Although using symmetry appears to break the rules of composition (because it usually involves placing the main subject in the middle of the shot, or dividing the frame down the centre), on the right scene or subject this can produce fantastic images.

Reflections in water are a common form of symmetry — and who can resist them, especially when the reflection is of a beautiful scene? You’ll also find lots of symmetry in architecture and engineering — think of suspension bridges, interiors, office buildings, the underside of old piers, the structure of an electricity pylon when viewed from beneath.

The key to shooting symmetry is finding the right viewpoint. If that symmetry exists in reality rather than being a reflection, there will be a prime position from which to see and shoot it. Keeping your camera level and square will also help you achieve perfection.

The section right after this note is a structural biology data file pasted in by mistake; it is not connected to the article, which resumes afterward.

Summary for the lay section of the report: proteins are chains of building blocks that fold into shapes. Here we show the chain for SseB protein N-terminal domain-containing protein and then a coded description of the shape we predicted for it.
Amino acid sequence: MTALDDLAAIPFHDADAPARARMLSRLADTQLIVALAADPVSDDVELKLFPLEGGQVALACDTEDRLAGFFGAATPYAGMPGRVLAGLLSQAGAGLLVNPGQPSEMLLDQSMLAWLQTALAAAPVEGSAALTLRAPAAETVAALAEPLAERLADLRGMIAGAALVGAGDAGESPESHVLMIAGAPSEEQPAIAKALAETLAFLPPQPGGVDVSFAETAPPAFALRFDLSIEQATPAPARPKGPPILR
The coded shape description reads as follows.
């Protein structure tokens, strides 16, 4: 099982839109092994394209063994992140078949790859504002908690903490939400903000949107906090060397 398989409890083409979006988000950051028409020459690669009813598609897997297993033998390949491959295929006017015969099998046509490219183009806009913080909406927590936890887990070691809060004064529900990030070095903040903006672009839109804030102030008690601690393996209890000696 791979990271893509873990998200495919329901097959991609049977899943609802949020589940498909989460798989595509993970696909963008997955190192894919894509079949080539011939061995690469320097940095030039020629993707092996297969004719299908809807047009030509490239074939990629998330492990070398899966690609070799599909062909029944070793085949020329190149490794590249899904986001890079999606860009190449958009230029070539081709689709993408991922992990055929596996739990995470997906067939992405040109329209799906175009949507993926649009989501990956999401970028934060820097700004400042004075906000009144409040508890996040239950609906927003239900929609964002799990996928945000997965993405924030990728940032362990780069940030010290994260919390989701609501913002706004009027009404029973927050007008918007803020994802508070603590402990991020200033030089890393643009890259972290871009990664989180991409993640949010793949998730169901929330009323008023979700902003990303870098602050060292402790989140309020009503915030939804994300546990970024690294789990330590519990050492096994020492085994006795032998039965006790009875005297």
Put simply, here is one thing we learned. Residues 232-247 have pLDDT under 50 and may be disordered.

Having practised and mastered the so-called rules of composition, you are then at liberty to adapt them or ignore them altogether in pursuit of your own individual style.

It’s not crucial to have a unique compositional style — few photographers do — but it’s satisfying to know that your way of depicting the world is personal and different, if only occasionally.

The danger of sticking to the rules of composition is that you can easily end up working to a formula — always shooting landscapes with a wideangle lens, always including foreground interest, always looking for a focal point, always dividing the frame 2:1 between foreground and sky.

There’s nothing wrong with doing that — I do it often — but don’t be a slave to convention and always be prepared to try something different. I find that my compositions are more ambitious and creative when I shoot an image for conversion to black & white because the removal of colour is itself a movement away from normality and realism and that encourages me to be more adventurous.

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